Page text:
In the third installment of ‘Ackerman Music Amateur Acoustics’ we test how much difference there is between a metal violin string and its synthetic counterpart.

Synthetic gut strings are usually a bit more expensive, and are supposed to give a more mellow, rich tone. Metal strings are cheaper and are generally regarded as ‘brighter.’

Hidersine Violin Melodioso "Guarneri Design" Instrument Only
Hidersine Melodioso

To give a good baseline we used the same instrument for both test: a Hidersine Melodioso: a hand crafted instrument following a Guarneri design. It’s a new instrument but uses aged tonewood so it has a nice rich tone already, and should give us a good reading to differentiate between the string sets.

On to measuring. Part of the challenge of this endeavor is getting a signal clear enough to analyse (using our usual very scientific methods) so we decided to play the lowest fundamental note, the open G.

Firstly the metal string:

Now the Synthetic:

Just from looking side by side it’s very hard to tell the difference. In this test let’s superimpose the waveforms to get a more direct comparison:

In the following images, the metal string is in white, and the synthetic is in red. Even with a direct comparison the differences seem minor, but there are three main areas we can look at.

The fundamental:

The fundamental note is the note we hear (G3, around 196hz) and it created by the entire string vibrating as one. In this case the metal string is clearly resonating more at the lowest note that its synthetic counterpart.

The mid-tones:

With these initial harmonics the synthetic string seems to have a slight edge, and noticeably so at G5 (784hz.) This may partly explain why synthetic strings are describes as being more mellow.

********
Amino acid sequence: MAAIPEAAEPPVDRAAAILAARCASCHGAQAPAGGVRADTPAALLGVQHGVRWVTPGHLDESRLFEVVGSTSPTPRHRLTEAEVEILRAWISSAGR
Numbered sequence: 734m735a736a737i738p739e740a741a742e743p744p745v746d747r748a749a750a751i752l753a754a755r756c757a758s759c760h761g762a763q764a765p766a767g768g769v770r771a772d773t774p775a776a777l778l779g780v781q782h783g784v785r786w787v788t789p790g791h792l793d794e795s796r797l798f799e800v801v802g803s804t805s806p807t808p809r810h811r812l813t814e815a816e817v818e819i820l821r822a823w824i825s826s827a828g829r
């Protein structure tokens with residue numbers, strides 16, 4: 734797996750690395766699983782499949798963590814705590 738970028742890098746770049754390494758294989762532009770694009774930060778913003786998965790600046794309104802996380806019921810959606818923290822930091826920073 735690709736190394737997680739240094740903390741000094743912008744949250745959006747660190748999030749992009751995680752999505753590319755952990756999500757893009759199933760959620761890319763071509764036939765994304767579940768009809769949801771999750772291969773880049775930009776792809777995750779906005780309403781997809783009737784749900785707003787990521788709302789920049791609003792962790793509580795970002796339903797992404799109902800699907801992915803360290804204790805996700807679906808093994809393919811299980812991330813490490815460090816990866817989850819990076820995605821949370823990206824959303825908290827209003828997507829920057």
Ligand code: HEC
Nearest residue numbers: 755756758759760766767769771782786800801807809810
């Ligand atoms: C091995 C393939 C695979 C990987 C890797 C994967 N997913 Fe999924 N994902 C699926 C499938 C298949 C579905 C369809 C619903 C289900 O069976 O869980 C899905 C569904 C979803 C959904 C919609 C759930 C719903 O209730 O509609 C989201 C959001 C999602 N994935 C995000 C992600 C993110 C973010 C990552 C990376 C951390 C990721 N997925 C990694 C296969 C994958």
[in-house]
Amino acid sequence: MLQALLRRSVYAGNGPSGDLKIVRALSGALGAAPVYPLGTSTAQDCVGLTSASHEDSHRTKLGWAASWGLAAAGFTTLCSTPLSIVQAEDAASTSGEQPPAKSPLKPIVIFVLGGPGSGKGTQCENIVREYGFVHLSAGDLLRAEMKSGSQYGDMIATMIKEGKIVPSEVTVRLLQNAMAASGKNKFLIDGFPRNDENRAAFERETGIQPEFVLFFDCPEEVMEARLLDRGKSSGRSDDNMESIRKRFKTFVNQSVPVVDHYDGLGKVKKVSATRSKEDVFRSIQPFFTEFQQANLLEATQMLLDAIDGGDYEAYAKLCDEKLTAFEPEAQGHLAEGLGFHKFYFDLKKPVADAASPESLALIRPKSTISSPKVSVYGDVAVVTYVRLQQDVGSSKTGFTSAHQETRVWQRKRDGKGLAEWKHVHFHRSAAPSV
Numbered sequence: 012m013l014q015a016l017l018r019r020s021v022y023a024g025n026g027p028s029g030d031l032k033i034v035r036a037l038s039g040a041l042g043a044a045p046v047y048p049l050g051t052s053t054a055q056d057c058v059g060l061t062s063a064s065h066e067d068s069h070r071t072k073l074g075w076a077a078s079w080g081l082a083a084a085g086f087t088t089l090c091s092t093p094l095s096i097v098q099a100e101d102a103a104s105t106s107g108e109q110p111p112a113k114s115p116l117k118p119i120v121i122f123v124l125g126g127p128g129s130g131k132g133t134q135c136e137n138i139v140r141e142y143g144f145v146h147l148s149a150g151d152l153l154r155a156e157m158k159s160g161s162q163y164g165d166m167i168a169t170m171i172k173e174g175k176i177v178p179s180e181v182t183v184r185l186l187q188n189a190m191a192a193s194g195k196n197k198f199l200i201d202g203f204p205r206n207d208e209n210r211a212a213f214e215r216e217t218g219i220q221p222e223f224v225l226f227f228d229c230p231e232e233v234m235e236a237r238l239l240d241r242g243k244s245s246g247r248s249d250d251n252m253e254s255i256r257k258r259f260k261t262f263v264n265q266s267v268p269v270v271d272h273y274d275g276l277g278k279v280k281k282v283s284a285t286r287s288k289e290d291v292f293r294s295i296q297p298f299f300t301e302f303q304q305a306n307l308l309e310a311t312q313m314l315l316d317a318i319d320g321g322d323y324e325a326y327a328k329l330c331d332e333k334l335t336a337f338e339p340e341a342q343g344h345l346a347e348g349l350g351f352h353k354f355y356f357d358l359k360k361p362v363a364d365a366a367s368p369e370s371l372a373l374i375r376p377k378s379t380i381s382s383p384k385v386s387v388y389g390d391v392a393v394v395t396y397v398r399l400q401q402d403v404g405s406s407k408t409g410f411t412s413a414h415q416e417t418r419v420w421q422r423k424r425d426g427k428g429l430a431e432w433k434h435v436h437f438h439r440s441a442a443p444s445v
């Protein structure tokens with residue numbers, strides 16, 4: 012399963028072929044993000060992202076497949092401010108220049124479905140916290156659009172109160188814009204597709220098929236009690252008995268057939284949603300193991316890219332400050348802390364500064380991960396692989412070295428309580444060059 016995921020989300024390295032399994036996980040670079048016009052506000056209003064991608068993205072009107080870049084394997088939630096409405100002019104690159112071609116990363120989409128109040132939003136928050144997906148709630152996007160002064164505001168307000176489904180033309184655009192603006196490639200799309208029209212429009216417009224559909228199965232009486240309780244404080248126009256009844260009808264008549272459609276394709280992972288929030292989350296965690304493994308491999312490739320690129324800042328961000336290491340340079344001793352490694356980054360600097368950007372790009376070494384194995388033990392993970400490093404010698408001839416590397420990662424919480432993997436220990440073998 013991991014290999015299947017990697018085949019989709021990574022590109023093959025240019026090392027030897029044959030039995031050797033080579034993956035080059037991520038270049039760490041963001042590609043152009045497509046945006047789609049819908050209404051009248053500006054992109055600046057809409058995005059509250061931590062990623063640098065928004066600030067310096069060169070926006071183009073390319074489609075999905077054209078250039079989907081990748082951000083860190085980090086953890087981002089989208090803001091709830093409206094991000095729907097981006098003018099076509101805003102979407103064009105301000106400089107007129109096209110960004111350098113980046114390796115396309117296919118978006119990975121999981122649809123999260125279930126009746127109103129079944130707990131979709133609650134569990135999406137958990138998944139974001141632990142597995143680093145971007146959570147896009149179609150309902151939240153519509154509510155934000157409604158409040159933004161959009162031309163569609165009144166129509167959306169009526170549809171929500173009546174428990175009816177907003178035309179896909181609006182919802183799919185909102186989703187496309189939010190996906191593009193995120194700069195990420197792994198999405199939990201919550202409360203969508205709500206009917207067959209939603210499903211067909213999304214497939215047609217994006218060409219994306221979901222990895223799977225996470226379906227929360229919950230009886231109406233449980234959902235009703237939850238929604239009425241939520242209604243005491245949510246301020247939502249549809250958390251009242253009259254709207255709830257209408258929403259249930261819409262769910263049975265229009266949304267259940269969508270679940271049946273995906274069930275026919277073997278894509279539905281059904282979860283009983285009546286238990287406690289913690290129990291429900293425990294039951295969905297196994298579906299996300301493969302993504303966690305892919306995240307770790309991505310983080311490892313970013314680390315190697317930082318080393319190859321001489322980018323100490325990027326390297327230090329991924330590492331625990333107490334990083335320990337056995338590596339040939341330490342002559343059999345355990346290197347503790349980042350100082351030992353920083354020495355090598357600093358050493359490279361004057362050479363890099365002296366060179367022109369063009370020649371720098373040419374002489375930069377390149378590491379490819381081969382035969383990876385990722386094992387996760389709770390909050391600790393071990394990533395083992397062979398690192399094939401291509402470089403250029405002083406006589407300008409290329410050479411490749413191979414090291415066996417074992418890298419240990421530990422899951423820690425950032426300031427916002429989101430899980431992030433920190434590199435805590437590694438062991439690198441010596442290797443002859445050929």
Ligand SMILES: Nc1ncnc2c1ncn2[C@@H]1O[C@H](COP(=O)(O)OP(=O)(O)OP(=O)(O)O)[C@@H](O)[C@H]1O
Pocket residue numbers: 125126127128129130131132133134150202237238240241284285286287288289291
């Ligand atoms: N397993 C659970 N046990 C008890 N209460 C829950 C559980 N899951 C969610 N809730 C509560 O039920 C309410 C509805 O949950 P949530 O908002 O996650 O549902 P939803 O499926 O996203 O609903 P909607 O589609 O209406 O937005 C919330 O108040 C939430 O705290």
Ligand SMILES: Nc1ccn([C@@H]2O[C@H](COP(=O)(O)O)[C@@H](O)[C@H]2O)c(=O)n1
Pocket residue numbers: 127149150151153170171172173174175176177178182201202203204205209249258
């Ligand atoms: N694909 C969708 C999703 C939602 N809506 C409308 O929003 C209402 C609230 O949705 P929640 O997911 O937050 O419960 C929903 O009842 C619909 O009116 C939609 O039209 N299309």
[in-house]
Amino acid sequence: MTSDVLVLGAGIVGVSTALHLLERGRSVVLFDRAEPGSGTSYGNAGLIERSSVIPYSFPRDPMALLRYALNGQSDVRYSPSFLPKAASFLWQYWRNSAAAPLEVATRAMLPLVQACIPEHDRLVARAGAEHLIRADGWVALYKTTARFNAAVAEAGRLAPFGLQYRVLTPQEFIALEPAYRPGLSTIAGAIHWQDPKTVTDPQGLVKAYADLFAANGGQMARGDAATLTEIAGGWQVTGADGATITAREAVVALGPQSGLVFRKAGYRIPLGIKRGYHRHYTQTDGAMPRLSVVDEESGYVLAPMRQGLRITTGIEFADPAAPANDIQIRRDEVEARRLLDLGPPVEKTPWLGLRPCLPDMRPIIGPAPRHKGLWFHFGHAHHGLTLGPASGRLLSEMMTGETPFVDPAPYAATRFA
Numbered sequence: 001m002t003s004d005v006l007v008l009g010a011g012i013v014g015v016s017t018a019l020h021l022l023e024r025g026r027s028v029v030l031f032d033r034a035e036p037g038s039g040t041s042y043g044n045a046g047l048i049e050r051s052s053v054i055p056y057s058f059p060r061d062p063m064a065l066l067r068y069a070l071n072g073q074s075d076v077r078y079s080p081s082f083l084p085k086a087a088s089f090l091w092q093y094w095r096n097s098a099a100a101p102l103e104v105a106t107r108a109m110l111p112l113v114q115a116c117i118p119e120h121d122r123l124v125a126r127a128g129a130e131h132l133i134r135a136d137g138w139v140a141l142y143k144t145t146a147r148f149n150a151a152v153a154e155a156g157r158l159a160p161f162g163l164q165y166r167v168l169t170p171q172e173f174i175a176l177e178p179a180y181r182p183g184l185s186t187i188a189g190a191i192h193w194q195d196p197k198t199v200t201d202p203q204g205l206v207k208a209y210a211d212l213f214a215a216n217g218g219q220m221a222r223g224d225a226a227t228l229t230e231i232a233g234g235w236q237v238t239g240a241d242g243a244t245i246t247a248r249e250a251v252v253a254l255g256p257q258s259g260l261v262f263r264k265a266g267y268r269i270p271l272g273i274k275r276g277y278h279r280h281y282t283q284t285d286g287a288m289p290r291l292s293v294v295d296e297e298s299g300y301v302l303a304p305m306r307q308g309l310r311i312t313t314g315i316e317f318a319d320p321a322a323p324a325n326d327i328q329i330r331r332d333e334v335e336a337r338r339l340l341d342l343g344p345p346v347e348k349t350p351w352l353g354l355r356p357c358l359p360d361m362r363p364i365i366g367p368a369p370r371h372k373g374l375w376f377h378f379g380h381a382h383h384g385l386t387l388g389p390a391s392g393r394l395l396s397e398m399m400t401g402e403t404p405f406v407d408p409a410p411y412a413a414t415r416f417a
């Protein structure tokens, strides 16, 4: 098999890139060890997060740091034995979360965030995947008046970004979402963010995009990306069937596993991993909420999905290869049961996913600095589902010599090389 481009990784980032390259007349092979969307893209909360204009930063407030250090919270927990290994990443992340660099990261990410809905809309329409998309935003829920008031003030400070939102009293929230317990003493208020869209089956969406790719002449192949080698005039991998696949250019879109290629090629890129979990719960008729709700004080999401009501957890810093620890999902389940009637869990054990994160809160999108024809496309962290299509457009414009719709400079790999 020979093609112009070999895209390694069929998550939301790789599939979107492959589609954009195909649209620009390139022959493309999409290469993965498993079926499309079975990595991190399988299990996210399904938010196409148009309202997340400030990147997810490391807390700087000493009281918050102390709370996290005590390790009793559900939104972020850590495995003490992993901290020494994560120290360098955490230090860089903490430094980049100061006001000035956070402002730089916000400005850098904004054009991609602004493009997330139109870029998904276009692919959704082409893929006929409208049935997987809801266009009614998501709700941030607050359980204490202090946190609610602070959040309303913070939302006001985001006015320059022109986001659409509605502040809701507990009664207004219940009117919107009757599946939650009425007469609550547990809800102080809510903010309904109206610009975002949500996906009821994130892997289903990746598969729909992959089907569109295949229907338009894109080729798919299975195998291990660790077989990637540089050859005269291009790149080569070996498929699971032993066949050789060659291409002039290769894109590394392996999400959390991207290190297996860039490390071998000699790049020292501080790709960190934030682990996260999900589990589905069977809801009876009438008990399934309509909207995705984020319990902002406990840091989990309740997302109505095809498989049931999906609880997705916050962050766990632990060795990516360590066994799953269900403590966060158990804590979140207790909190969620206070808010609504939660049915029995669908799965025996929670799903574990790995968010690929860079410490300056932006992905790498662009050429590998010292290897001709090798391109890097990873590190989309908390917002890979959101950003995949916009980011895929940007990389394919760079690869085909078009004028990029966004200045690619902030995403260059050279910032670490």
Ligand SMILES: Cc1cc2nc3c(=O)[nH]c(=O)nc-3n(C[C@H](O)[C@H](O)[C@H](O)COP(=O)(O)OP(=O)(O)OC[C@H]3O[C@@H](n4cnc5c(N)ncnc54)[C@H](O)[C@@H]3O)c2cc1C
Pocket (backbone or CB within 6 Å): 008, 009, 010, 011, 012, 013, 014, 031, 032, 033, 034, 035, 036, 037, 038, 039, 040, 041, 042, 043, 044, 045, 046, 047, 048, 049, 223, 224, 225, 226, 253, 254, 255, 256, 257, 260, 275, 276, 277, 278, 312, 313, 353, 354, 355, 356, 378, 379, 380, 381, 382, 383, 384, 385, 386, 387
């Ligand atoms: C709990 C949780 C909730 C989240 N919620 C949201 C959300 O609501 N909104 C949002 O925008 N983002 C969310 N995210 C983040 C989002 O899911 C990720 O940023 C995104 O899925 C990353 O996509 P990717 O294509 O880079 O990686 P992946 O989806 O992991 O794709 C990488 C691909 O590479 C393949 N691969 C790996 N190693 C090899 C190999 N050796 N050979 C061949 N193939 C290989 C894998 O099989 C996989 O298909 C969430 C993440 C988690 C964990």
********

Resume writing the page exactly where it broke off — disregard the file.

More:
The upper harmonics:

It is clear that the higher frequencies are must more apparent in the metal string. It seems that the combination of the quieter mid-tone harmonics and louder upper harmonics gives the metal string it’s characteristic ‘bright’ sound.


So it does seem to make a difference. With this knowledge it makes it somewhat easier to pick a mellower or brighter sound when you chose your strings. There are some other things to consider too:

String choice also depends on how the different strings will suit the natural resonance of your violin (or indeed any string instrument.) In general (and we might be able to test this at a later date) the older the instrument the less bright it will become. The theory goes that as wood ages it generally mellows. Because of this, we find that using synthetic strings on a new instrument gives a more rounded sound, and greatly improves many student instruments.

The other consideration is what style and setting of music you will be playing. Will you be playing as a soloist? Will you be playing Pop, Folk or Classical? What sound appeals to you most as you play? These are all very individual choices and because of that it’s usually best to try a few strings before settling on your favourite.

If you found this interesting we have previously done similar tests on Flutes and Trumpets.